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Year : 2015  |  Volume : 37  |  Issue : 4  |  Page : 419-422  

Effect of transcranial direct current stimulation on prefrontal inhibition in schizophrenia patients with persistent auditory hallucinations: A study on antisaccade task performance

1 Department of Psychiatry, The Schizophrenia Clinic, Translational Psychiatry Laboratory, Neurobiology Research Centre, National Institute of Mental Health and Neurosciences, Bengaluru, Karnataka, India
2 University of Sussex, Brighton, United Kingdom

Date of Web Publication29-Oct-2015

Correspondence Address:
Ganesan Venkatasubramanian
Department of Psychiatry, National Institute of Mental Health and Neurosciences, Bengaluru - 560 029, Karnataka
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Source of Support: None, Conflict of Interest: None

DOI: 10.4103/0253-7176.168584

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Background: Deficient prefrontal cortex inhibitory control is of particular interest with regard to the pathogenesis of auditory hallucinations (AHs) in schizophrenia. Antisaccade task performance is a sensitive index of prefrontal inhibitory function and has been consistently found to be abnormal in schizophrenia. Methods: This study investigated the effect of transcranial direct current stimulation (tDCS) on antisaccade performance in 13 schizophrenia patients. Results: The tDCS resulted in significant reduction in antisaccade error percentage (t = 3.4; P = 0.005), final eye position gain (t = 2.3; P = 0.042), and AHs severity (t = 4.1; P = 0.003). Conclusion: Our results raise the possibility that improvement in antisaccade performance and severity of AH may be mechanistically related.

Keywords: Antisaccade, hallucinations, schizophrenia, transcranial direct current stimulation

How to cite this article:
Subramaniam A, Agarwal SM, Kalmady S, Shivakumar V, Chhabra H, Bose A, Damodharan D, Narayanaswamy JC, Hutton SB, Venkatasubramanian G. Effect of transcranial direct current stimulation on prefrontal inhibition in schizophrenia patients with persistent auditory hallucinations: A study on antisaccade task performance. Indian J Psychol Med 2015;37:419-22

How to cite this URL:
Subramaniam A, Agarwal SM, Kalmady S, Shivakumar V, Chhabra H, Bose A, Damodharan D, Narayanaswamy JC, Hutton SB, Venkatasubramanian G. Effect of transcranial direct current stimulation on prefrontal inhibition in schizophrenia patients with persistent auditory hallucinations: A study on antisaccade task performance. Indian J Psychol Med [serial online] 2015 [cited 2020 Jan 19];37:419-22. Available from:

   Introduction Top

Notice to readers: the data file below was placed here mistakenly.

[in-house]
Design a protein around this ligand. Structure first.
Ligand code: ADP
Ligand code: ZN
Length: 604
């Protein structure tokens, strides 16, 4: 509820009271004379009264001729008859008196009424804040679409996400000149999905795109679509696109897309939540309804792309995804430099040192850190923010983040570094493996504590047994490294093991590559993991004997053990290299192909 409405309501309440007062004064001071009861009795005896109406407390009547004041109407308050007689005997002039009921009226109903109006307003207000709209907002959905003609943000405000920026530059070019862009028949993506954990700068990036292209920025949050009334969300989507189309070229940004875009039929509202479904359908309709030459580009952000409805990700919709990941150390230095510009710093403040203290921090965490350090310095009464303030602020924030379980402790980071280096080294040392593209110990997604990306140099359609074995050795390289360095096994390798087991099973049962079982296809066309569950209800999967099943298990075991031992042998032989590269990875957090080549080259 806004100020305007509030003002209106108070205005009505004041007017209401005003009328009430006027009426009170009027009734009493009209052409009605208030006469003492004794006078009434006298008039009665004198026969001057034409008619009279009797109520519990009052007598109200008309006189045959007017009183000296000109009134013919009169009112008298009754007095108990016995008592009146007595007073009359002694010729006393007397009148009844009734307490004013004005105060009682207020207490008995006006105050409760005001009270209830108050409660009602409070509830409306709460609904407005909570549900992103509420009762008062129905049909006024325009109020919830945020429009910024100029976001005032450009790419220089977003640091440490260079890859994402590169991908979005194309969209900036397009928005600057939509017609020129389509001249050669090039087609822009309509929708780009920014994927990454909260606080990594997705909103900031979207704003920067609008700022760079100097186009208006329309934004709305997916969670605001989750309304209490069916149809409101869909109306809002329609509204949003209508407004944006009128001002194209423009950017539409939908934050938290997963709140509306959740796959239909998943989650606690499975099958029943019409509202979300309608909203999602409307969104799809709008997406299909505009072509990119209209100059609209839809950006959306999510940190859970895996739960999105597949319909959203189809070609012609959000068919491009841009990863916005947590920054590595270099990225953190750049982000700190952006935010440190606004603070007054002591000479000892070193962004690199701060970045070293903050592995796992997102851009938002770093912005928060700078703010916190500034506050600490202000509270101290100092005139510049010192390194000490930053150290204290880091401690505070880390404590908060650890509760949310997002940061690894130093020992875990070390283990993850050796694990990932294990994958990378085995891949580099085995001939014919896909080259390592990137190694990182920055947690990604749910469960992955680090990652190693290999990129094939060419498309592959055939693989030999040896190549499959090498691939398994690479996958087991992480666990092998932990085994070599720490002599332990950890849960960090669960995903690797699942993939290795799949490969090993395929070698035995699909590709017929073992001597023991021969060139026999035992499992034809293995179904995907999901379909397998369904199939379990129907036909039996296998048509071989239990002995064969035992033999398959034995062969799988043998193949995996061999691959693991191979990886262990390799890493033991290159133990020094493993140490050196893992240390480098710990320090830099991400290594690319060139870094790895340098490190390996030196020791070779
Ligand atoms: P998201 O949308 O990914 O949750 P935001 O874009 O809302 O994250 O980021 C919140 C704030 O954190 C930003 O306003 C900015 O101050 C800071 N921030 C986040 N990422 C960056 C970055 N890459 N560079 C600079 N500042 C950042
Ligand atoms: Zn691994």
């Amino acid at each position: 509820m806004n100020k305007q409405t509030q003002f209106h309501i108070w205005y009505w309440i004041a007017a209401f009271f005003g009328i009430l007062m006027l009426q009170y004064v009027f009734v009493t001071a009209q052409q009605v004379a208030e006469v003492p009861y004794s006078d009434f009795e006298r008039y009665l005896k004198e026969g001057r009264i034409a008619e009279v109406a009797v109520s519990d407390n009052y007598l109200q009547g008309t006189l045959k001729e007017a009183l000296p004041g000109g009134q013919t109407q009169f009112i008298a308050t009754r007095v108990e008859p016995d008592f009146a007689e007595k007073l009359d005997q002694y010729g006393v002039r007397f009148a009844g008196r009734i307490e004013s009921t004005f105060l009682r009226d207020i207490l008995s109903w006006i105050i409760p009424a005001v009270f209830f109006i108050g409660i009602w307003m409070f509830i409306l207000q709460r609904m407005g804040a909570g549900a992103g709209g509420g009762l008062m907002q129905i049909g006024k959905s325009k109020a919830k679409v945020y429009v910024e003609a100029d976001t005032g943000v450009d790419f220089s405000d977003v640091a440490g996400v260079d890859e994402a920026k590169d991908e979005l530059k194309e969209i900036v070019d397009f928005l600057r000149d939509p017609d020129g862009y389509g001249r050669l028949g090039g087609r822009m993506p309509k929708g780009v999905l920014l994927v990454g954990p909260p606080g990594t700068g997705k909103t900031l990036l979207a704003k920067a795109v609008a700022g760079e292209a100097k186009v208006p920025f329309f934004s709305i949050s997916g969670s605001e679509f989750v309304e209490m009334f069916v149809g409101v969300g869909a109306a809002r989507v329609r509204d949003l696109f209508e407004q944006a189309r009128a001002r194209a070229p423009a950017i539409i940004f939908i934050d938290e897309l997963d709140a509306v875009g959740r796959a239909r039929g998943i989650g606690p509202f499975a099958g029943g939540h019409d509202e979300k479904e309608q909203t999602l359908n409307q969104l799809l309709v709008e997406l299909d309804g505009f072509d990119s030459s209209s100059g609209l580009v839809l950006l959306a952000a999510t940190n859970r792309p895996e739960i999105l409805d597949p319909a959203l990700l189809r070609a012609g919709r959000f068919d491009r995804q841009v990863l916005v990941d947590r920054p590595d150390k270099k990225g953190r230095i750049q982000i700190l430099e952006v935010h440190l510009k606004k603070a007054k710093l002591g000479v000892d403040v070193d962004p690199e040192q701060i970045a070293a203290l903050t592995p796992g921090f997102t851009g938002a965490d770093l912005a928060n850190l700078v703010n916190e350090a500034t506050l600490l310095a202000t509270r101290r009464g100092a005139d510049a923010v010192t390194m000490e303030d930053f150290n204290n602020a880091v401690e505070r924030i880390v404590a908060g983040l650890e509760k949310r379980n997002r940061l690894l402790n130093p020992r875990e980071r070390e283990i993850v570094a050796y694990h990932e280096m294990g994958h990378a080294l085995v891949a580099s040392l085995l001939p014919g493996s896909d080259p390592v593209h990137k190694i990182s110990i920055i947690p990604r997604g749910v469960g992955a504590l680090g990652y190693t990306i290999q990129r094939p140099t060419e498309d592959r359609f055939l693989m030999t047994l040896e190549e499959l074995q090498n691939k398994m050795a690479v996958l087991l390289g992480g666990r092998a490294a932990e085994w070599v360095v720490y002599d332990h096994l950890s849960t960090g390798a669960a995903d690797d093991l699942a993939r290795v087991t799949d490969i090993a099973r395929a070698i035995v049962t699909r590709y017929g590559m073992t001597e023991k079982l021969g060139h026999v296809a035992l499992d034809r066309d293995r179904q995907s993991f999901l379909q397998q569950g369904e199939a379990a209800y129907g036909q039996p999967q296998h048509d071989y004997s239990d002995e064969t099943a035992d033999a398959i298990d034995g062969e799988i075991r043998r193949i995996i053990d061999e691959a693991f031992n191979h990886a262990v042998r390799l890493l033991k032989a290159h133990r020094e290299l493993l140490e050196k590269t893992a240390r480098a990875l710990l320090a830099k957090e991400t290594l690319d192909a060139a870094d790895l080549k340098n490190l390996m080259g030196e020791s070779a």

Executive function deficits are widely understood to be a core aspect of schizophrenia. Among the several deficits studied till date, deficient prefrontal cortex (PFC) inhibitory control is of particular interest with regard to the pathogenesis of auditory hallucinations (AHs) in schizophrenia. An association between deficient prefrontal inhibition and AH in schizophrenia has been suggested by several authors. [1],[2] Recent work in this underexplored area has shown specific links between AH and inhibition deficit that correlate with the severity of AH, [3] Contextually, antisaccade task performance is understood to be a sensitive index of prefrontal inhibitory function and has been consistently found to be abnormal in schizophrenia patients. [4] Results obtained by our group suggest a significant positive correlation between AH severity and antisaccade error percentage (manuscript under review).

Transcranial direct current stimulation (tDCS) is a safe and noninvasive brain stimulation method for selectively modulating cortical excitability. [5] It causes polarity specific changes in excitability; anodal current increases cortical excitability, whereas cathodal stimulation causes a decrease and is emerging as a novel modality for treating resistant AH in schizophrenia patients. [6] Given the evidence that anodal tDCS over dorsolateral PFC (DLPFC) enhances executive functions in healthy subjects, [7],[8] one may hypothesize that it may also correct deficient prefrontal inhibitory control and thus improve antisaccade performance. Interestingly, a recent study has found a decrease in antisaccades error rate in healthy controls following anodal tDCS. [9] Pursuing this further, in the present study, we examined the effect of add-on tDCS on antisaccade task performance in schizophrenia patients (n = 13) with persistent AH despite adequate antipsychotic treatment. We hypothesized that following tDCS the number of errors in the antisaccade task will decrease. We further hypothesized that improvement in antisaccade task performance will be accompanied by a decrease in the severity of AH.